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Update on taxation of the digital economy: from a tax for multinational technology companies to a new digital profit allocation method
The OECD has submitted a proposal to ensure that multinationals, including digital companies pay taxes wherever they perform significant consumer facing activities and generate profits.
The way in which the profits of digital businesses are taxed has been one of the core issues of the economic policy debate over recent years, in which it has been discussed whether now the most profitable companies are also the ones paying the least tax in proportion to their profits.
The Bill on Certain Digital Services drawn up by the socialist government in January 2019 and ultimately unsuccessful sought to define a new “digital tax” that probably would have raised the cost of digital services, because the tax would have been easy to pass on to the consumer.
More recently on October 9, the OECD published a document for public consultation (Secretarial Proposal for a Unified Approach under Pillar One), outlining the pillars of a new approach to taxing businesses that are able, as a result of their characteristics, to generate a high volume of revenues (and profits) in a specific market, without needing a significant physical presence in that market (and under existing tax rules, without therefore having to pay taxes on their profits in that market).
The objective of the new tax approach is not to bring in a new tax for technology companies, instead to define, for tax purposes, an allocation system for the profits generated by digital or highly digitalized businesses among the countries where they operate, and for the system to be objective, clear and simple (and different therefore to the existing one). Instead of physical presence (which is without importance in these businesses), the proposed system is based on determining the country where sales are made, while retaining a portion of the taxing rights for the countries where those businesses perform activities geared towards value creation.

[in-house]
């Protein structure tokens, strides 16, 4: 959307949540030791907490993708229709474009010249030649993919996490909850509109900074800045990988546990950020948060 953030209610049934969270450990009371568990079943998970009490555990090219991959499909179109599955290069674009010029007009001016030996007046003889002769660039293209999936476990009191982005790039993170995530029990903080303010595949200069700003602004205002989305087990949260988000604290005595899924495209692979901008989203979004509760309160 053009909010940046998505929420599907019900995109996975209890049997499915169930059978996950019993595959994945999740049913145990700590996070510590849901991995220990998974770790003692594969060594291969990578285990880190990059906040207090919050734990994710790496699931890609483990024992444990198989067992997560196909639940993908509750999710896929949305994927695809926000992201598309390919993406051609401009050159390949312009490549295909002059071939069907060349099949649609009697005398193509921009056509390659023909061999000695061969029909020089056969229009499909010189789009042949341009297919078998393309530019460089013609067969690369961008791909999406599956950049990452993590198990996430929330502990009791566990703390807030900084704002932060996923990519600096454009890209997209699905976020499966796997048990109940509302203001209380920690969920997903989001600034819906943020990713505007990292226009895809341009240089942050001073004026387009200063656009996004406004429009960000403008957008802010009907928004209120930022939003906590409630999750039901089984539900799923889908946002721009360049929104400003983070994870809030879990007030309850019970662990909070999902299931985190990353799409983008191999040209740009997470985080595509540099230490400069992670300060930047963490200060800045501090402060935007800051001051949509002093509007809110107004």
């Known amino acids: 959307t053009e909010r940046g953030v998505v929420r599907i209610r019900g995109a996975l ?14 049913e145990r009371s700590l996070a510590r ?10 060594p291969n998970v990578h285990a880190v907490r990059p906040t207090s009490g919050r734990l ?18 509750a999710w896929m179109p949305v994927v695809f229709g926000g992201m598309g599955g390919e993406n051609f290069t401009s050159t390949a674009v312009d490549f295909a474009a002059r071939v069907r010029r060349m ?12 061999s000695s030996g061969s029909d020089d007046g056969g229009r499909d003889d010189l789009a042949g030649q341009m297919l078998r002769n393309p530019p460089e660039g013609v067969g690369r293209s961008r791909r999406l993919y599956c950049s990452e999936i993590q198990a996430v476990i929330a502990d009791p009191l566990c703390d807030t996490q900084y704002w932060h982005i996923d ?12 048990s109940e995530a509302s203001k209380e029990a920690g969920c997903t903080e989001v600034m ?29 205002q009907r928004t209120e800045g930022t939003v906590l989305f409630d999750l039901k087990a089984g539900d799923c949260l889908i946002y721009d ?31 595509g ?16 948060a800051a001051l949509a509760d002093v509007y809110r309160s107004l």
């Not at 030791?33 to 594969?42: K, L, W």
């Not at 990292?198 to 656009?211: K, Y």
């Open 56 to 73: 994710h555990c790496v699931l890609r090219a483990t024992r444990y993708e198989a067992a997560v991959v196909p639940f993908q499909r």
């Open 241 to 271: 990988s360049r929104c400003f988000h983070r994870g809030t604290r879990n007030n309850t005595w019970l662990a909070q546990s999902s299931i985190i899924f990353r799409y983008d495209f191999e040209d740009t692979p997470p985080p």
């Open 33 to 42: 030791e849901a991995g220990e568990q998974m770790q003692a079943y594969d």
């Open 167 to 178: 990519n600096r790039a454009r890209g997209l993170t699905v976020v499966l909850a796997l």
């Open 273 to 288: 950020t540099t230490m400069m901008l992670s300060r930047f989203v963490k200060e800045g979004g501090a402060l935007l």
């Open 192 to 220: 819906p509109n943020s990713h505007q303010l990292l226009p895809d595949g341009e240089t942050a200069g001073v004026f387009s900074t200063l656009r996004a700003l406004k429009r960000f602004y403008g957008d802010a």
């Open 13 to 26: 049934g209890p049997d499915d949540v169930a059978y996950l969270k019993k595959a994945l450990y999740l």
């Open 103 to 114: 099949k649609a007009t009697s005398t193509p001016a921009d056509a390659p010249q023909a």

The first step is to define which companies will be affected by the new tax approach. According to the OECD document these will mostly be large multinationals either operating in the digital industry or highly digitalized (and carrying on businesses that have a consumer facing element in their products and services).
The proposed allocation of the consolidated profits (or losses) of these businesses among the countries that have a right to them (those where the multinational group records significant sales) is to be done in the following way:
- A portion of the group’s consolidated profits is assigned to countries where routine marketing and distribution activities are performed, by reference to fixed percentages to be pre-agreed among the countries (called “Amount B”).
- Another portion of the group’s consolidated profits is assigned to countries where, beyond any routine marketing and distribution activities, they carry out activities related to value creation (“Amount C”). A transfer pricing study will be required to determine the profits to be allocated to these activities.
- The residual consolidated profit (or loss) is allocated among the markets where significant sales take place, and among countries where the main trade intangibles are developed (“Amount A”).
The conclusion is that a great many elements have yet to be defined, and the success or failure of this new initiative, on which a decision ought to be reached in the first quarter of 2020, will largely depend on the ability of countries to reach a consensus that will prevent legal uncertainty and international double taxation, which, in view of the tax revenue implications, will be no easy task.